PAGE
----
|Fawlty Towers character|
|First appearance||"A Touch of Class" (1975)|
|Last appearance||"Basil the Rat" (1979)|
|Portrayed by||Ballard Berkeley|
Major Gowen is an old, befuddled, slightly senile ex-soldier permanently residing in the hotel. He enjoys talking about the world (especially the cricket scores and workers' strikes) and is always on the lookout for the newspaper. He has trouble forgiving Germany for the Second World War.
The Major hangs around the bar, and has an uncanny ability to turn up at 6pm when it opens. Basil has called him a drunken old sod. Despite this, most staff and residents think of him fondly. He is one of Fawlty Towers' few satisfied customers, voicing his dissent against the complaints of the dissatisfied American Mr. Hamilton in "Waldorf Salad", if only to opine that he has seen worse hotels.
His eccentricity leads him to believe preposterous ideas, such as that Basil's moose could talk (Manuel was dusting behind it). Though he shows surprise on this occasion, his detachment from reality causes him to remain completely calm in the most bizarre of circumstances: he does not seem remotely concerned at the disappearance and blocking off of the dining room door in "The Builders", assuring Basil that "it's bound to turn up", or to learn that the hotel kitchen is on fire in "The Germans", or to discover the dead body of Mr. Leeman in Basil's office in "The Kipper and the Corpse", commenting merely that "he doesn't look quite the ticket". Later in the episode, after another encounter with Leeman's corpse, he calmly asks Basil "Another one, Fawlty?" At the end of the episode, when everyone else converges on Sybil for an explanation, the Major walks over to Leeman's body (now propped against the hat-rack) and cheerfully asks "What's going on, old boy?"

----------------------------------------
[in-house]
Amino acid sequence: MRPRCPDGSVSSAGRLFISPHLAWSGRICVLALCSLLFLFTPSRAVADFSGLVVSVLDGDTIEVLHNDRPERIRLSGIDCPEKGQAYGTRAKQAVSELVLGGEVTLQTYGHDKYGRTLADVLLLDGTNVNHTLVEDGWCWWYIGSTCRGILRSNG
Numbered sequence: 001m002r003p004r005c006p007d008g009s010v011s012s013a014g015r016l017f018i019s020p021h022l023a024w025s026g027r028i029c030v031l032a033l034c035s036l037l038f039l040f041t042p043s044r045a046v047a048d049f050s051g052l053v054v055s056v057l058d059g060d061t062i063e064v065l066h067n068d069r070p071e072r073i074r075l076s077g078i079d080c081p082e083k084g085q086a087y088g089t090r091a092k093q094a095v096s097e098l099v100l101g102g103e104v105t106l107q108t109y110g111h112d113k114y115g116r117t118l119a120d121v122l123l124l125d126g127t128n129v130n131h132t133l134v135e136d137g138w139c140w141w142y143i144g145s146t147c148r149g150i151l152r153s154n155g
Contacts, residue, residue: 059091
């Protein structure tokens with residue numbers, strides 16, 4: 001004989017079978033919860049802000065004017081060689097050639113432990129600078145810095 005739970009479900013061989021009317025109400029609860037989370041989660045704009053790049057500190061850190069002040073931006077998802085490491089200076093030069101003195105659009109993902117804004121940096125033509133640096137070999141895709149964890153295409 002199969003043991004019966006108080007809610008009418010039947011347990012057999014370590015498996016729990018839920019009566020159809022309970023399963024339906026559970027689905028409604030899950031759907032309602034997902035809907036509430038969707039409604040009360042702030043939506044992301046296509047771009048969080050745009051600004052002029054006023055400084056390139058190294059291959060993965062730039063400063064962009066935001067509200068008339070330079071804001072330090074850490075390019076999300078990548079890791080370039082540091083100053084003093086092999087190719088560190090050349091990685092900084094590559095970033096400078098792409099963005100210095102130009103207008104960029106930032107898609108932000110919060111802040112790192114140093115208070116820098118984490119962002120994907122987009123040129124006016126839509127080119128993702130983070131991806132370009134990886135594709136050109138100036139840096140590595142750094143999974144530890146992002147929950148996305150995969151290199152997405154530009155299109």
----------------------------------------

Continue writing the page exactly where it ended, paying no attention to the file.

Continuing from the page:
The Major's tendency to forget, confuse and muddle situations leads Basil into farce. In "Communication Problems", he contrives to lose Basil's money, which Basil had won from a bet on a horse and was asked to keep safe. In "Basil the Rat", it transpires that the Major keeps a shotgun in the hotel, possibly unlicensed, with which he attempts to shoot a rat which he encounters in the bar. He subsequently fails comprehensively to grasp Basil's proposed cover story that he was attempting to shoot a starling through the window, cheerfully greeting the health inspector as a "starling inspector".
Major Gowen tends in the morning to ask "Papers arrived yet, Fawlty?" - invariably they have not, the paperboy being perennially late. On one occasion he manages to say it while having a newspaper folded under his arm. At 6pm prompt he says "I think it's about that time, Fawlty!" while pointing to the clock and his watch - an obvious hint that the bar should be open and his drink should be served. Early in the day, Basil tends to say "Ah, morning Major". John Cleese has said that the Major was based on his Latin teacher from school.
- Slide, Anthony (1996). Some Joe you don't know: an American biographical guide to 100 British television personalities. Greenwood Publishing Group. p. 21. ISBN 0-313-29550-6.
- Terrace, Vincent (1985). Encyclopedia of Television Series, Pilots and Specials: 1974-1984. VNR AG. p. 141. ISBN 0-918432-61-8.